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As the Runit nuclear waste dome crumbles, Marshall Islanders want honesty and justice

‘People want justice’: Marshalls’ fury over nuclear information US withheld–  https://www.rnz.co.nz/international/programmes/datelinepacific/audio/2018723289/people-want-justice-marshalls-fury-over-nuclear-information-us-withheld  From Dateline Pacific,  21 November 2019

November 25, 2019 Posted by | history, Legal, OCEANIA, oceans, Reference, wastes | Leave a comment

The climate crisis is tied up in the dangers of nuclear weapons in ways that nobody predicted

The Climate Crisis Just Went Nuclear  https://www.esquire.com/news-politics/politics/a29760935/marshall-islands-nuclear-waste-climate-change/   In the Marshall Islands, local residents are reaping what the United States sowed—which includes tons and tons of nuclear and biological waste from Cold War testing.BY CHARLES P. PIERCE

The climate crisis is the one issue that touches all the other issues. For example, the climate crisis is tied up in the dangers of nuclear weapons in ways that nobody predicted, but that the Los Angeles Times spent some time and money examining. Back in the 1950s and 1960s, the United States set off 67 nuclear bombs in and around the Marshall Islands. This had predictable results: there were now lagoons where there were none before; some islands simply aren’t there any more, and there was a lot of deadly stuff left behind. Which brings us to the climate crisis.

Here in the Marshall Islands, Runit Dome holds more than 3.1 million cubic feet — or 35 Olympic-sized swimming pools — of U.S.-produced radioactive soil and debris, including lethal amounts of plutonium. Nowhere else has the United States saddled another country with so much of its nuclear waste, a product of its Cold War atomic testing program.

U.S. authorities later cleaned up contaminated soil on Enewetak Atoll, where the United States not only detonated the bulk of its weapons tests but, as The Times has learned, also conducted a dozen biological weapons tests and dumped 130 tons of soil from an irradiated Nevada testing site. It then deposited the atoll’s most lethal debris and soil into the dome. Now the concrete coffin, which locals call “the Tomb,” is at risk of collapsing from rising seas and other effects of climate change. Tides are creeping up its sides, advancing higher every year as distant glaciers melt and ocean waters rise.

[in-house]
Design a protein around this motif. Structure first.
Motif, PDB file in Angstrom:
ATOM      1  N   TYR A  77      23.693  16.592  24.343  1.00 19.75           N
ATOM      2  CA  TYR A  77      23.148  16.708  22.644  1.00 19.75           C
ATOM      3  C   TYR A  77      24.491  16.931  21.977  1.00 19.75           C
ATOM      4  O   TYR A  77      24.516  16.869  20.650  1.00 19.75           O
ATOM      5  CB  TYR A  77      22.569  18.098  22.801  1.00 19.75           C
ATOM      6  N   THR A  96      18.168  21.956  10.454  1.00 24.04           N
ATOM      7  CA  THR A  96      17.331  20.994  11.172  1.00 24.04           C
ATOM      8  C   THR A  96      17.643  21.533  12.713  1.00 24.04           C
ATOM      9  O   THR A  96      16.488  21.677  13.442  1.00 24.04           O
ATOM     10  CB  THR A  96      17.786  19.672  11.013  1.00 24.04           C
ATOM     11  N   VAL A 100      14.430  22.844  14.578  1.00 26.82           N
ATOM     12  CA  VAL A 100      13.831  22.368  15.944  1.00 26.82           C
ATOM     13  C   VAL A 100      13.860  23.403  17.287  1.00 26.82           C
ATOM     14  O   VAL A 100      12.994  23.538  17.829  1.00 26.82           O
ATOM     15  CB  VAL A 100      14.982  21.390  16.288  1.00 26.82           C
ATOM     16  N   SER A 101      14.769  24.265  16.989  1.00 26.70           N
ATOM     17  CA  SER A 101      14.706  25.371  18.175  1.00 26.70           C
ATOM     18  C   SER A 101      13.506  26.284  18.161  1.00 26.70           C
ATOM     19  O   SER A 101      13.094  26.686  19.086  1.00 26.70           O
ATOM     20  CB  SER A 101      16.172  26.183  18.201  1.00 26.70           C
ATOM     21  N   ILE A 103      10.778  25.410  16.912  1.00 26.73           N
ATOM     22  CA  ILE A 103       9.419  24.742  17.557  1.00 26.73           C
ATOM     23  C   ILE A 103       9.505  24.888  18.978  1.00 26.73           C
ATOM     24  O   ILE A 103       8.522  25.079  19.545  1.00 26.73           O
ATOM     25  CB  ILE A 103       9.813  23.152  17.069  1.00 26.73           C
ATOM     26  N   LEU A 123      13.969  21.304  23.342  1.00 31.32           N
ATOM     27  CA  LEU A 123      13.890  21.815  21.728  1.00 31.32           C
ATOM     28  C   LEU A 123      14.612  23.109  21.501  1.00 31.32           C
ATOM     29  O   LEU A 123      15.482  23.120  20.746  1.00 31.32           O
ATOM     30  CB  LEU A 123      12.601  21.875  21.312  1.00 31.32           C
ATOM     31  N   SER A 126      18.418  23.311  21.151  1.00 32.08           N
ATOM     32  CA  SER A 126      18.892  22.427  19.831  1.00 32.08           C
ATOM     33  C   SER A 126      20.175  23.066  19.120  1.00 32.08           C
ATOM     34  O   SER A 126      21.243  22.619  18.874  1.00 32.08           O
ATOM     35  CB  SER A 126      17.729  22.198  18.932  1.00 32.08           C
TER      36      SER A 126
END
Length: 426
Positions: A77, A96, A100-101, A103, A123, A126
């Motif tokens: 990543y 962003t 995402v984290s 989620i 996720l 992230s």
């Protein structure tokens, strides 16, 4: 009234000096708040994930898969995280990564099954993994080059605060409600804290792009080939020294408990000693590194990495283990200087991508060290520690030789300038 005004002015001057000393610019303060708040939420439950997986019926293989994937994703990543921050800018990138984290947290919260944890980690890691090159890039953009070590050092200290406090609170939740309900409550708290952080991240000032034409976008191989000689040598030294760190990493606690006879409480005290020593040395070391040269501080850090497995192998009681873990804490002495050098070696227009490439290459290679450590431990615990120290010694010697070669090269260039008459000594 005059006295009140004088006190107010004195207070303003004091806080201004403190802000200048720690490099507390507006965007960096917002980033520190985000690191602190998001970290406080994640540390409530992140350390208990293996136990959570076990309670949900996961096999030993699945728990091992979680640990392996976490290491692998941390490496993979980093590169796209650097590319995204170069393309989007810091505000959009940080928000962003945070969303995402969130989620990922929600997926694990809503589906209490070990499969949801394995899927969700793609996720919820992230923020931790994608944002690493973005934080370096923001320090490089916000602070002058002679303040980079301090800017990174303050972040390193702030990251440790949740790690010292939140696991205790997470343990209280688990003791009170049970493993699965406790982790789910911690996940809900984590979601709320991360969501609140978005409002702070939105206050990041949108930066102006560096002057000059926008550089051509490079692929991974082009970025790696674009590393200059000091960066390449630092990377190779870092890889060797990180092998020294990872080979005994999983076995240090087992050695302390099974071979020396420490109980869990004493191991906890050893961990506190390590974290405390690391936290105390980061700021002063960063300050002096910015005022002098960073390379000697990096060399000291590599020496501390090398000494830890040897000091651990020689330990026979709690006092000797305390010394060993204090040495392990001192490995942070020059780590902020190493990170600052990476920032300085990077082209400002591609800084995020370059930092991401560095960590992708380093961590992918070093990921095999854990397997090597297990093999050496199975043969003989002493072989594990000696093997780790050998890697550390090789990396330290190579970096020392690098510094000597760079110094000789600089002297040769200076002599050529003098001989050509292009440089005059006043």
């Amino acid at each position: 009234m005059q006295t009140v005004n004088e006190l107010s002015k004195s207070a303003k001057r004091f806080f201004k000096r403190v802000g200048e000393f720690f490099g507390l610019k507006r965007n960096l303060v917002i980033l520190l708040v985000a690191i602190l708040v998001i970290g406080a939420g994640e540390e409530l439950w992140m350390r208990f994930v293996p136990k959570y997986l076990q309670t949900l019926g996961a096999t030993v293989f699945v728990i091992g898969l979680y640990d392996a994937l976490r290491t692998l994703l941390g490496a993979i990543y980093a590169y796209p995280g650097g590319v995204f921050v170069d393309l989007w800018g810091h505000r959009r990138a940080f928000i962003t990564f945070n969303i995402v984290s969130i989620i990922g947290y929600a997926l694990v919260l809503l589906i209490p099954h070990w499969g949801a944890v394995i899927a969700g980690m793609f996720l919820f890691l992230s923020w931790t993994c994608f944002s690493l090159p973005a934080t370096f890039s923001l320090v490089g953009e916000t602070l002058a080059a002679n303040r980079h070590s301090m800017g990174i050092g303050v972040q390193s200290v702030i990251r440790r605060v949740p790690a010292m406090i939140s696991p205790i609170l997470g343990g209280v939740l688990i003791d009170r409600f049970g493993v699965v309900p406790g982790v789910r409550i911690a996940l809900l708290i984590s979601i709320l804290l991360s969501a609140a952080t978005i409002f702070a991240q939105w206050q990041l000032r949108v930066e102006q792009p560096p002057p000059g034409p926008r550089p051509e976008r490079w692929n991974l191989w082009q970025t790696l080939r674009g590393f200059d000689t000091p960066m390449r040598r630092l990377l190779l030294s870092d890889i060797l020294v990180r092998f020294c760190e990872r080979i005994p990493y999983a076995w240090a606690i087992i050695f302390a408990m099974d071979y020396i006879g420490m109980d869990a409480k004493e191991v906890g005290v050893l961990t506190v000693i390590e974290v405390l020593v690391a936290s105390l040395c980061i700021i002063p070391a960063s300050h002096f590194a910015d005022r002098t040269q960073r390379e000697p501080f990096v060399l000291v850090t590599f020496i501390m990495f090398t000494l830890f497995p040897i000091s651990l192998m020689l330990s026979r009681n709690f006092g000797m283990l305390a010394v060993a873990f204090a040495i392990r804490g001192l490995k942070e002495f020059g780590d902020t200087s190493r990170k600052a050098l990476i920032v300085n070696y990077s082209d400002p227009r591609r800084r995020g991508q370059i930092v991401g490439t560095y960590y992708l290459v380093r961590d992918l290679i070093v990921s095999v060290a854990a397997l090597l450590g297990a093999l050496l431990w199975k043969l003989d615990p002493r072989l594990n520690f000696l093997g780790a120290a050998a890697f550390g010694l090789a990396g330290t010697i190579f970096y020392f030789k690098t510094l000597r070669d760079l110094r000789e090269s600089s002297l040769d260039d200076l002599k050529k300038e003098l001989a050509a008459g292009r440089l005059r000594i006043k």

When people talk about environmental justice, this is what they’re talking about.

Officials in the Marshall Islands have lobbied the U.S. government for help, but American officials have declined, saying the dome is on Marshallese land and therefore the responsibility of the Marshallese government. “I’m like, how can it [the dome] be ours?” Hilda Heine, the president of the Republic of the Marshall Islands, said in an interview in her presidential office in September. “We don’t want it. We didn’t build it. The garbage inside is not ours. It’s theirs.” … They blame the United States and other industrialized countries for global climate change and sea level rise, which threaten to submerge vast swaths of this island nation’s 29 low-lying atolls.

The history behind all this is as tawdry as you might have expected it to be—an endless litany of lies, deception, and bureaucratic three-card monte, all of it designed to dodge any responsibility for the nightmares past, present, and future.

Over the last 15 months, a reporting team from the Los Angeles Times and Columbia University’s Graduate School of Journalism made five trips to the Marshall Islands, where they documented extensive coral bleaching, fish kills and algae blooms — as well as major disease outbreaks, including the nation’s largest recorded epidemic of dengue fever. They interviewed folk singers who lost their voices to thyroid cancers and spent time in Arkansas, Washington and Oregon, where tens of thousands of Marshallese have migrated to escape poverty and an uncertain future.

Over the last 15 months, a reporting team from the Los Angeles Times and Columbia University’s Graduate School of Journalism made five trips to the Marshall Islands, where they documented extensive coral bleaching, fish kills and algae blooms — as well as major disease outbreaks, including the nation’s largest recorded epidemic of dengue fever. They interviewed folk singers who lost their voices to thyroid cancers and spent time in Arkansas, Washington and Oregon, where tens of thousands of Marshallese have migrated to escape poverty and an uncertain future.

One example: The United States did not tell the Marshallese that in 1958, it shipped 130 tons of soil from its atomic testing grounds in Nevada to the Marshall Islands. U.S. authorities also didn’t inform people in Enewetak, where the waste site is located, that they’d conducted a dozen biological weapons tests in the atoll, including experiments with an aerosolized bacteria designed to kill enemy troops. U.S. Department of Energy experts are encouraging the Marshallese to move back to other parts of Enewetak, where 650 now live, after being relocated during the U.S. nuclear tests during the Cold War. But many Marshallese leaders no longer trust U.S. assurances of safety.

Can’t imagine why they’d think that.